"We live in a self-proclaimed Urban Age, where we celebrate the city as the source of economic prosperity, a nurturer of social and cultural diversity, and a place primed for democracy. We proclaim the city as the fertile ground from which progress will arise. Without cities, we tell ourselves, human civilization would falter and decay. In Cities in the Urban Age, Robert A. Beauregard argues that this line of thinking is not only hyperbolic—it is too celebratory by half.
"For Beauregard, the city is a cauldron for four haunting contradictions. First, cities are equally defined by both their wealth and their poverty. Second, cities are simultaneously environmentally destructive and yet promise sustainability. Third, cities encourage rule by political machines and oligarchies, even as they are essentially democratic and at least nominally open to all. And fourth, city life promotes tolerance among disparate groups, even as the friction among them often erupts into violence. Beauregard offers no simple solutions or proposed remedies for these contradictions; indeed, he doesn’t necessarily hold that they need to be resolved, since they are generative of city life. Without these four tensions, cities wouldn’t be cities. Rather, Beauregard argues that only by recognizing these ambiguities and contradictions can we even begin to understand our moral obligations, as well as the clearest paths toward equality, justice, and peace in urban settings."
to:NB  books:noted  cities  political_economy  moral_philosophy  inequality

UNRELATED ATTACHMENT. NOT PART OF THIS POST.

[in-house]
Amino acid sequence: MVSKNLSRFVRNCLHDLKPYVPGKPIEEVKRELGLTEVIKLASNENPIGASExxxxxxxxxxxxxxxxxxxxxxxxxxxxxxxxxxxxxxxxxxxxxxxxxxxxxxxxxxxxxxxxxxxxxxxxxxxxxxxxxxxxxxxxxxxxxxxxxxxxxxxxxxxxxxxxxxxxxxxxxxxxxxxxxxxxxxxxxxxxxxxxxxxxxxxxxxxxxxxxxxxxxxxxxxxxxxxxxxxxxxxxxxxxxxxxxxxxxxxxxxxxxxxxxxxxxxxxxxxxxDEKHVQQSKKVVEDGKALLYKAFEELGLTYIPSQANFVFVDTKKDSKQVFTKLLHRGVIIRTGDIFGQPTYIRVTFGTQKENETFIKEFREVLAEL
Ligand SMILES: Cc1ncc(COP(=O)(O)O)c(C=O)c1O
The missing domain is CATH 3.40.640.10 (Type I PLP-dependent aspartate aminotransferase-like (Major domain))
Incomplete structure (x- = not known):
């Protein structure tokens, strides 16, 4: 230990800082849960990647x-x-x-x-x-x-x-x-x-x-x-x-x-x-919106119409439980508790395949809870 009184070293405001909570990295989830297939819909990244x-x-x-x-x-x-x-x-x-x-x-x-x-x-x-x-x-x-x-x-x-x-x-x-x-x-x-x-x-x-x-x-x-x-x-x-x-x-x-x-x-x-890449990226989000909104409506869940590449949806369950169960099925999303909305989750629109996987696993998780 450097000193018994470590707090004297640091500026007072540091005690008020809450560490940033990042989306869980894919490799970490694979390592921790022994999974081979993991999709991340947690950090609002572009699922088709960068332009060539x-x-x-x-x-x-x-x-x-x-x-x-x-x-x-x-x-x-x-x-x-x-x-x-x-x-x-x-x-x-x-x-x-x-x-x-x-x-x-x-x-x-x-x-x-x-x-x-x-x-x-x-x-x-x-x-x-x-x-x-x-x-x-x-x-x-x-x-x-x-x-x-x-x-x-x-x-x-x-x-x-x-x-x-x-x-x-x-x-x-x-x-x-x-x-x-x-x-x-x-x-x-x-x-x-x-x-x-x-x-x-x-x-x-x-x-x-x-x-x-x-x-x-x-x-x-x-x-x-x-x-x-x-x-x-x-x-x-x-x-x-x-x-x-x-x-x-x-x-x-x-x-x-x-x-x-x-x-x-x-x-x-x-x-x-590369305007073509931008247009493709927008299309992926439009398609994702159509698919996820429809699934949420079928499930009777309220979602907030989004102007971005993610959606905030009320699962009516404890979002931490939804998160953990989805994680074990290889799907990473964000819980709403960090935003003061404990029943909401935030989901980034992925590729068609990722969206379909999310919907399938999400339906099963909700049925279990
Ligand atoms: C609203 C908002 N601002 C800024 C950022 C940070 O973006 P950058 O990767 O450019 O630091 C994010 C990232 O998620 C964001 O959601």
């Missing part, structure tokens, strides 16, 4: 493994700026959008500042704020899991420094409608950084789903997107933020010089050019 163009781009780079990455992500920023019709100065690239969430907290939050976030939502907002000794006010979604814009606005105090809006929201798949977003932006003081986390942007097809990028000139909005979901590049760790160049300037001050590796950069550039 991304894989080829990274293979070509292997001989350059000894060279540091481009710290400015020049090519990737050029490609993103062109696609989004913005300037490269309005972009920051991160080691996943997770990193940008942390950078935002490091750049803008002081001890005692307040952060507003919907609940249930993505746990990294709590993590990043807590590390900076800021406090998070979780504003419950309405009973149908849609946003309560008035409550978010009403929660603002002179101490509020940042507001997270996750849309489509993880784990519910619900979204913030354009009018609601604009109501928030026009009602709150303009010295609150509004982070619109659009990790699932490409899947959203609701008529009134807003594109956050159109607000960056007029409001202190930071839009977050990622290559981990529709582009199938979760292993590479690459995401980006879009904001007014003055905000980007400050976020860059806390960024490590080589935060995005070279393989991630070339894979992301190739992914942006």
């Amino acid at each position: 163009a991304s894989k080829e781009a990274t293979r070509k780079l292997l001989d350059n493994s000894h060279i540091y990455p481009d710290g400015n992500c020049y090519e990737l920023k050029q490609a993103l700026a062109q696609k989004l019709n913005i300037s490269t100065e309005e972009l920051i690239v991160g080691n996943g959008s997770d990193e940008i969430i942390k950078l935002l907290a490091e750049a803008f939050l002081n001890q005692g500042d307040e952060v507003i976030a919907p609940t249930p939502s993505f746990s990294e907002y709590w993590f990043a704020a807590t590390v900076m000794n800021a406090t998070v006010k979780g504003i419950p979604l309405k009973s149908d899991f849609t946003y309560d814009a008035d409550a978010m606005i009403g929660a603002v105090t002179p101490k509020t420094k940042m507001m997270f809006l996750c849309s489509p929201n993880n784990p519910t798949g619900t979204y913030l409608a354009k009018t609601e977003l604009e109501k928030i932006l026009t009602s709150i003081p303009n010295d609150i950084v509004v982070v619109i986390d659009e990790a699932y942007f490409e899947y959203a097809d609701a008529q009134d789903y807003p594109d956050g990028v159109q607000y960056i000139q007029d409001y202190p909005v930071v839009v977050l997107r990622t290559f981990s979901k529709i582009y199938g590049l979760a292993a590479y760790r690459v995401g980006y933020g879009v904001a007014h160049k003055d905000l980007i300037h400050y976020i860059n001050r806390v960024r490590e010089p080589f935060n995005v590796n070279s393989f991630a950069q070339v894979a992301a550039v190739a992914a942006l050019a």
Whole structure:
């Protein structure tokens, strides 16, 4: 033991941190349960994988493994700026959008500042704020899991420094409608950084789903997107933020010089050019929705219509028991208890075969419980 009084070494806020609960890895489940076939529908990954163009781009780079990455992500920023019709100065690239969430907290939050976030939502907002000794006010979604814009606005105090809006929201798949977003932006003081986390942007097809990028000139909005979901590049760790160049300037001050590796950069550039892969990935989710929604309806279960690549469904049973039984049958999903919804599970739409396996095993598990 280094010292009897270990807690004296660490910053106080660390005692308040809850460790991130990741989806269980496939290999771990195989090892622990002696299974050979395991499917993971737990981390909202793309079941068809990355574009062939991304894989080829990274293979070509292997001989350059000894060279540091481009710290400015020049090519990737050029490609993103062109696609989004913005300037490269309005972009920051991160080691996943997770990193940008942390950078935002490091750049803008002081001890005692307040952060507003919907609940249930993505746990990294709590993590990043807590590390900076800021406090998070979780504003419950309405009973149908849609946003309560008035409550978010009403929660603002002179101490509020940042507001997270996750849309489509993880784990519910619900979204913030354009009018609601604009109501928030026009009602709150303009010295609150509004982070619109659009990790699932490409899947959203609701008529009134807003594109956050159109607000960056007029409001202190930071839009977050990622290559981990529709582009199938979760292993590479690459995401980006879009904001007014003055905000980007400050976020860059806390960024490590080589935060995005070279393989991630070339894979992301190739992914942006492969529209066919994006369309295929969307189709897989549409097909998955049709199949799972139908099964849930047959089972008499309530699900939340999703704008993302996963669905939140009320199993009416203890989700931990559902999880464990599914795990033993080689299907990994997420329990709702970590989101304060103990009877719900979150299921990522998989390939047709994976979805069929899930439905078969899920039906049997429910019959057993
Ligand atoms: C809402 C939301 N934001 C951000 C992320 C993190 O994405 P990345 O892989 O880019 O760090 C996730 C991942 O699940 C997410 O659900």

april 2018 by cshalizi
Action versus Contemplation: Why an Ancient Debate Still Matters, Summit, Vermeule
"“All of humanity’s problems stem from man’s inability to sit quietly in a room alone,” Blaise Pascal wrote in 1654. But then there’s Walt Whitman, in 1856: “Whoever you are, come forth! Or man or woman come forth! / You must not stay sleeping and dallying there in the house.”
"It is truly an ancient debate: Is it better to be active or contemplative? To do or to think? To make an impact, or to understand the world more deeply? Aristotle argued for contemplation as the highest state of human flourishing. But it was through action that his student Alexander the Great conquered the known world. Which should we aim at? Centuries later, this argument underlies a surprising number of the questions we face in contemporary life. Should students study the humanities, or train for a job? Should adults work for money or for meaning? And in tumultuous times, should any of us sit on the sidelines, pondering great books, or throw ourselves into protests and petition drives?